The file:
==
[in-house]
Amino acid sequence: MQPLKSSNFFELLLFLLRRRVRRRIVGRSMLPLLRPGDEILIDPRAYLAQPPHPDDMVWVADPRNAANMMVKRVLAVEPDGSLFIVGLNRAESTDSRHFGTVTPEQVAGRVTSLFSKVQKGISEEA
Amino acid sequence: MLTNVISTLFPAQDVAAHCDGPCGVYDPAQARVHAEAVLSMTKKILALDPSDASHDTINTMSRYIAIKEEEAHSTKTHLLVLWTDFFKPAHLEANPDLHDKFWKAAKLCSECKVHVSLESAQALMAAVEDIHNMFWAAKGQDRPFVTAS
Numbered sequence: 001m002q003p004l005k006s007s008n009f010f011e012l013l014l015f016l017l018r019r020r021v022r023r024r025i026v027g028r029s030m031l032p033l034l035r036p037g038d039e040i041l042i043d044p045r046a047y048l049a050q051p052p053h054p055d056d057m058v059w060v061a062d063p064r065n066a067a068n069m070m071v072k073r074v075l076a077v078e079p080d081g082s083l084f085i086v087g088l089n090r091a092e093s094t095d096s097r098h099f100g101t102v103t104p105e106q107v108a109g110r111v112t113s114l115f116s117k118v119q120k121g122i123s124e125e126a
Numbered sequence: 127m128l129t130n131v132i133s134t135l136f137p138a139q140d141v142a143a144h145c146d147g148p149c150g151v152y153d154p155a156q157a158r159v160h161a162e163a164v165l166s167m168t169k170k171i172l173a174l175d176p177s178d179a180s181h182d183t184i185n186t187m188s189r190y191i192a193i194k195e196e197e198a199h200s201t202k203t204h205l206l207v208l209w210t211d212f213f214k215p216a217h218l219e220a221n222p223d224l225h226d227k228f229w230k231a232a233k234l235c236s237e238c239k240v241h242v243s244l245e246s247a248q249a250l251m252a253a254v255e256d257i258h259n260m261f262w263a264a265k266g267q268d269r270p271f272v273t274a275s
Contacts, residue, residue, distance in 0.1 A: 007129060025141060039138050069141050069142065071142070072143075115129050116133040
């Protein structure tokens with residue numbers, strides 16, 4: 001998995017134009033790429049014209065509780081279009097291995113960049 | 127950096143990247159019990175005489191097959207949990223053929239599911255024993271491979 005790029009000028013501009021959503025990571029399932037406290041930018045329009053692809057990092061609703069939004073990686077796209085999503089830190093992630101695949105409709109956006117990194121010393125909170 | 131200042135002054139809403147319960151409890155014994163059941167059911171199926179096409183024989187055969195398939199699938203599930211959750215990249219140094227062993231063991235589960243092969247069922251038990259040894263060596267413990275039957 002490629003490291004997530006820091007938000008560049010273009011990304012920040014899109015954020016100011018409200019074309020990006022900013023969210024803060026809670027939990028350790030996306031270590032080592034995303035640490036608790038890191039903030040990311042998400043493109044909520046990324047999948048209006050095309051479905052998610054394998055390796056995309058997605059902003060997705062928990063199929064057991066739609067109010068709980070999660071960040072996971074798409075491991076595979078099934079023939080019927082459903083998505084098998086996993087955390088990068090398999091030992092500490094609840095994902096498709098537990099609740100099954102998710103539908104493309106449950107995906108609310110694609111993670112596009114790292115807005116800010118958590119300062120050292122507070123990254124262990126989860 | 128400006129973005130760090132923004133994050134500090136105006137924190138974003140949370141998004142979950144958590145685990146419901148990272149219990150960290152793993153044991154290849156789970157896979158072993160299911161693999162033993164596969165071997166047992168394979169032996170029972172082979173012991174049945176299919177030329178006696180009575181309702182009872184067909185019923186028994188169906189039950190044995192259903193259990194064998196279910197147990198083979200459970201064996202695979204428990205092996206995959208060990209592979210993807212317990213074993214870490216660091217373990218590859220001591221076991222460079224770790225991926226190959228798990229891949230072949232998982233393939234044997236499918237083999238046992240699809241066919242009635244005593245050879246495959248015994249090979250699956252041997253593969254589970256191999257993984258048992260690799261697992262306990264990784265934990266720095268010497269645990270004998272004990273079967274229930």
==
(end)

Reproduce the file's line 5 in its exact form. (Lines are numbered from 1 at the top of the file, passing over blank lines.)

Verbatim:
Numbered sequence: 127m128l129t130n131v132i133s134t135l136f137p138a139q140d141v142a143a144h145c146d147g148p149c150g151v152y153d154p155a156q157a158r159v160h161a162e163a164v165l166s167m168t169k170k171i172l173a174l175d176p177s178d179a180s181h182d183t184i185n186t187m188s189r190y191i192a193i194k195e196e197e198a199h200s201t202k203t204h205l206l207v208l209w210t211d212f213f214k215p216a217h218l219e220a221n222p223d224l225h226d227k228f229w230k231a232a233k234l235c236s237e238c239k240v241h242v243s244l245e246s247a248q249a250l251m252a253a254v255e256d257i258h259n260m261f262w263a264a265k266g267q268d269r270p271f272v273t274a275s